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Correll CU, Davis RE, Weingart M, et al. Efficacy and Safety of Lumateperone for Treatment of Schizophrenia: A Randomized Clinical Trial. JAMA Psychiatry. 2020;77(4):349–358. doi:10.1001/jamapsychiatry.2019.4379
Does 60 mg of lumateperone tosylate (42 mg of lumateperone) significantly reduce symptoms of schizophrenia compared with placebo without relevant motor, cardiometabolic, or endocrine adverse effects?
In this randomized clinical trial of 450 patients with acute exacerbation of schizophrenia, 42 mg of lumateperone demonstrated statistically significant differences in reducing symptoms of schizophrenia without treatment-emergent motor, cardiometabolic, or endocrine adverse effects compared with placebo.
Lumateperone is a potential treatment for schizophrenia and has a favorable safety profile.
Individuals living with schizophrenia are affected by cardiometabolic, endocrine, and motor adverse effects of current antipsychotic medications. Lumateperone is a serotonin, dopamine, and glutamate modulator with the potential to treat schizophrenia with few adverse effects.
To examine the efficacy and safety of lumateperone for the short-term treatment of schizophrenia.
Design, Setting, and Participants
This randomized, double-blind, placebo-controlled, phase 3 clinical trial was conducted from November 13, 2014, to July 20, 2015, with data analyses performed from August 13 to September 15, 2015. Patients with schizophrenia who were aged 18 to 60 years and were experiencing an acute exacerbation of psychosis were enrolled from 12 clinical sites in the United States.
Patients were randomized 1:1:1 (150 patients in each arm) to receive lumateperone tosylate, 60 mg; lumateperone tosylate, 40 mg (equivalent to 42 or 28 mg, respectively, of the active moiety lumateperone); or placebo once daily for 4 weeks.
Main Outcomes and Measures
The prespecified primary efficacy end point was mean change from baseline to day 28 in the Positive and Negative Syndrome Scale (PANSS) total score vs placebo. The key secondary efficacy measure was the Clinical Global Impression–Severity of Illness (CGI-S) score. The PANSS subscale scores, social function, safety, and tolerability were also assessed.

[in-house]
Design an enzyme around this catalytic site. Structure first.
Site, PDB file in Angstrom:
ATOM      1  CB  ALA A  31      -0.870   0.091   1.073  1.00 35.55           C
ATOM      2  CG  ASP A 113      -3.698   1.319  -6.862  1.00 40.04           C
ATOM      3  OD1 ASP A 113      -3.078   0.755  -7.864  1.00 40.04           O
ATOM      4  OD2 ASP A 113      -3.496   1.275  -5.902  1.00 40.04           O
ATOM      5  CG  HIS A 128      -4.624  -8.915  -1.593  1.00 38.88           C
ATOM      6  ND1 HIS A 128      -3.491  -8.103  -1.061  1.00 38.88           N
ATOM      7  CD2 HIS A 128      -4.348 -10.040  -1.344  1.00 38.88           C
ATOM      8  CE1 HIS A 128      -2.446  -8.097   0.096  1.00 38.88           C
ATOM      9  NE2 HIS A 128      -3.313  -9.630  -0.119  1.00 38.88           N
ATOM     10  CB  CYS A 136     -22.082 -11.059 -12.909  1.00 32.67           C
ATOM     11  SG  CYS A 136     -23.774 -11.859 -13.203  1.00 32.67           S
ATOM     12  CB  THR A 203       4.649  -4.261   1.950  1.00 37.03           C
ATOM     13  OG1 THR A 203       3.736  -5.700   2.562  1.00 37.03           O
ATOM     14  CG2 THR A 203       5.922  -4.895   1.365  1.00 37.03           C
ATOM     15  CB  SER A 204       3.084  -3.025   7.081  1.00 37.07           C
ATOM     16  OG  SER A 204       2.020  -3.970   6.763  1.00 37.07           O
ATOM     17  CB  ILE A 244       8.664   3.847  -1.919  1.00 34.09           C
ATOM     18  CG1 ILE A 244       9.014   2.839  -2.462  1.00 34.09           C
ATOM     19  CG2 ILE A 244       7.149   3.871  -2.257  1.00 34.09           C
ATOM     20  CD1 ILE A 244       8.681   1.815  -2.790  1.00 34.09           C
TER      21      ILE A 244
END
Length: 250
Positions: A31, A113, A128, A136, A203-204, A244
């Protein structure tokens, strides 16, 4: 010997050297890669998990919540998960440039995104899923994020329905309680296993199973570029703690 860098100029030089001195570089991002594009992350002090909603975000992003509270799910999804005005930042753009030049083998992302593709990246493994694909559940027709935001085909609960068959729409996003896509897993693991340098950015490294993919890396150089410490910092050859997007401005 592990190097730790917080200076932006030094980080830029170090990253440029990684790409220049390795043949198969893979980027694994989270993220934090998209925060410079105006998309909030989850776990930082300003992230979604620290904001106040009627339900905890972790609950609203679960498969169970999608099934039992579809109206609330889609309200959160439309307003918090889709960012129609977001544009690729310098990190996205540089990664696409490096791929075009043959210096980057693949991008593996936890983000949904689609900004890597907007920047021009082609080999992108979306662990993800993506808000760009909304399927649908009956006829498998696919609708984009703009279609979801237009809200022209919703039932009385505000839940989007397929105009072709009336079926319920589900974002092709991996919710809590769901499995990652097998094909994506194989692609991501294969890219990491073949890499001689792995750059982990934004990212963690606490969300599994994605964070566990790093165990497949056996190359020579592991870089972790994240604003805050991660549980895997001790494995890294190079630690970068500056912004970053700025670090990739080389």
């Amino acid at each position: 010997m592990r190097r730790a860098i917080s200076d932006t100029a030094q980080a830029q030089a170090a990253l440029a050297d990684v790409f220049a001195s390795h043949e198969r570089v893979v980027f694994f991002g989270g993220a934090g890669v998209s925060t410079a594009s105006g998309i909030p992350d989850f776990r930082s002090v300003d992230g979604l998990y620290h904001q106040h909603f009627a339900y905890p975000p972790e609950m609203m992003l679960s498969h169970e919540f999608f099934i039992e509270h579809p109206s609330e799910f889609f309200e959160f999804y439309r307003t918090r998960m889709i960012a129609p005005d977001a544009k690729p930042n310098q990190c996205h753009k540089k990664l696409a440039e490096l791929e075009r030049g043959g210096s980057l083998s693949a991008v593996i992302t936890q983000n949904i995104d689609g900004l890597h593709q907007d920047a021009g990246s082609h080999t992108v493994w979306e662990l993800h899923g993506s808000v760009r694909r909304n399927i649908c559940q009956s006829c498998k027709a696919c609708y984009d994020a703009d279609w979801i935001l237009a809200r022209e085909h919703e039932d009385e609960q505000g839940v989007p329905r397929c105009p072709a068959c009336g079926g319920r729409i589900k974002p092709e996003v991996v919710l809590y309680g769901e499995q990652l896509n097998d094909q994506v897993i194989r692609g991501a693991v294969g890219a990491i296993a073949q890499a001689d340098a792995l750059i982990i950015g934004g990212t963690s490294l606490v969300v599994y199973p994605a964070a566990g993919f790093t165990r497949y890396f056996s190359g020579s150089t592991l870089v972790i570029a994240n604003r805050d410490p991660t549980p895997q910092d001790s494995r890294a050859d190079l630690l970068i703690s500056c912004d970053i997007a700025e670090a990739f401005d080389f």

The study comprised 450 patients (mean [SD] age, 42.4 [10.2] years; 346 [77.1%] male; mean [SD] baseline PANSS score, 89.8 [10.3]; mean [SD] baseline CGI-S score, 4.8 [0.6]). In the prespecified modified intent-to-treat efficacy analysis (n = 435), 42 mg of lumateperone met the primary and key secondary efficacy objectives, demonstrating a statistically significant improvement vs placebo from baseline to day 28 on the PANSS total score (least-squares mean difference [LSMD], −4.2; 95% CI, −7.8 to −0.6; P = .02; effect size [ES], −0.3) and the CGI-S (LSMD, −0.3; 95% CI, −0.5 to −0.1; P = .003; ES, −0.4). For 28 mg of lumateperone, the LSMD from baseline to day 28 was −2.6 (95% CI, −6.2 to 1.1; P = .16; ES, −0.2) on the PANSS total score and −0.2 (95% CI, −0.5 to 0.0; P = .02; ES, −0.3) on the CGI-S. Both lumateperone doses were well tolerated without clinically significant treatment-emergent motor adverse effects or changes in cardiometabolic or endocrine factors vs placebo.
Conclusions and Relevance
Lumateperone demonstrated efficacy for improving the symptoms of schizophrenia and had a favorable safety profile.
ClinicalTrials.gov identifier: NCT02282761
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